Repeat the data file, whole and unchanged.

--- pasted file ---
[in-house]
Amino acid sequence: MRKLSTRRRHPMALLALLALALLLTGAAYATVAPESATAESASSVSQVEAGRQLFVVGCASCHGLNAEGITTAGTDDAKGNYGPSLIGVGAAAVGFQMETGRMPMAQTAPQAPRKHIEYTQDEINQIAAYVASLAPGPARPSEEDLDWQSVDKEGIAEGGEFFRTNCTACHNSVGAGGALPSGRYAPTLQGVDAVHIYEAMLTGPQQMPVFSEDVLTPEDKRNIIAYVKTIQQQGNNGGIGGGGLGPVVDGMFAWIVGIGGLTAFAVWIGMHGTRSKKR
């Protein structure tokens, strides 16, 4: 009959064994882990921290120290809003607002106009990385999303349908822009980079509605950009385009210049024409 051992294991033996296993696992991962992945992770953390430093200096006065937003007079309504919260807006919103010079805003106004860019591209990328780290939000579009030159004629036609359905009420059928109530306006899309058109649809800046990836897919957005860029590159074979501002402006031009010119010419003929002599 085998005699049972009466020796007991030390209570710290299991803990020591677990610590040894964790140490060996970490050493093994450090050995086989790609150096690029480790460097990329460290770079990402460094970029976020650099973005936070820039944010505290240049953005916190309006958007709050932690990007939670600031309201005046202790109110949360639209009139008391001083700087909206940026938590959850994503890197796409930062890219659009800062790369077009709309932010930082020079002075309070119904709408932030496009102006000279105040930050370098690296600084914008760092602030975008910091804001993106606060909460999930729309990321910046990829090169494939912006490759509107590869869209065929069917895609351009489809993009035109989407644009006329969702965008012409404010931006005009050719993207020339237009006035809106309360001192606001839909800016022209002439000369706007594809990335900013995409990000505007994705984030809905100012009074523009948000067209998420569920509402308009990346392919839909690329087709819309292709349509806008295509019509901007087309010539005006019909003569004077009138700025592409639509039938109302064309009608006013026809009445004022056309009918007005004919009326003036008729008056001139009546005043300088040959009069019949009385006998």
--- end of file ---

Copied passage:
[in-house]
Amino acid sequence: MRKLSTRRRHPMALLALLALALLLTGAAYATVAPESATAESASSVSQVEAGRQLFVVGCASCHGLNAEGITTAGTDDAKGNYGPSLIGVGAAAVGFQMETGRMPMAQTAPQAPRKHIEYTQDEINQIAAYVASLAPGPARPSEEDLDWQSVDKEGIAEGGEFFRTNCTACHNSVGAGGALPSGRYAPTLQGVDAVHIYEAMLTGPQQMPVFSEDVLTPEDKRNIIAYVKTIQQQGNNGGIGGGGLGPVVDGMFAWIVGIGGLTAFAVWIGMHGTRSKKR
């Protein structure tokens, strides 16, 4: 009959064994882990921290120290809003607002106009990385999303349908822009980079509605950009385009210049024409 051992294991033996296993696992991962992945992770953390430093200096006065937003007079309504919260807006919103010079805003106004860019591209990328780290939000579009030159004629036609359905009420059928109530306006899309058109649809800046990836897919957005860029590159074979501002402006031009010119010419003929002599 085998005699049972009466020796007991030390209570710290299991803990020591677990610590040894964790140490060996970490050493093994450090050995086989790609150096690029480790460097990329460290770079990402460094970029976020650099973005936070820039944010505290240049953005916190309006958007709050932690990007939670600031309201005046202790109110949360639209009139008391001083700087909206940026938590959850994503890197796409930062890219659009800062790369077009709309932010930082020079002075309070119904709408932030496009102006000279105040930050370098690296600084914008760092602030975008910091804001993106606060909460999930729309990321910046990829090169494939912006490759509107590869869209065929069917895609351009489809993009035109989407644009006329969702965008012409404010931006005009050719993207020339237009006035809106309360001192606001839909800016022209002439000369706007594809990335900013995409990000505007994705984030809905100012009074523009948000067209998420569920509402308009990346392919839909690329087709819309292709349509806008295509019509901007087309010539005006019909003569004077009138700025592409639509039938109302064309009608006013026809009445004022056309009918007005004919009326003036008729008056001139009546005043300088040959009069019949009385006998």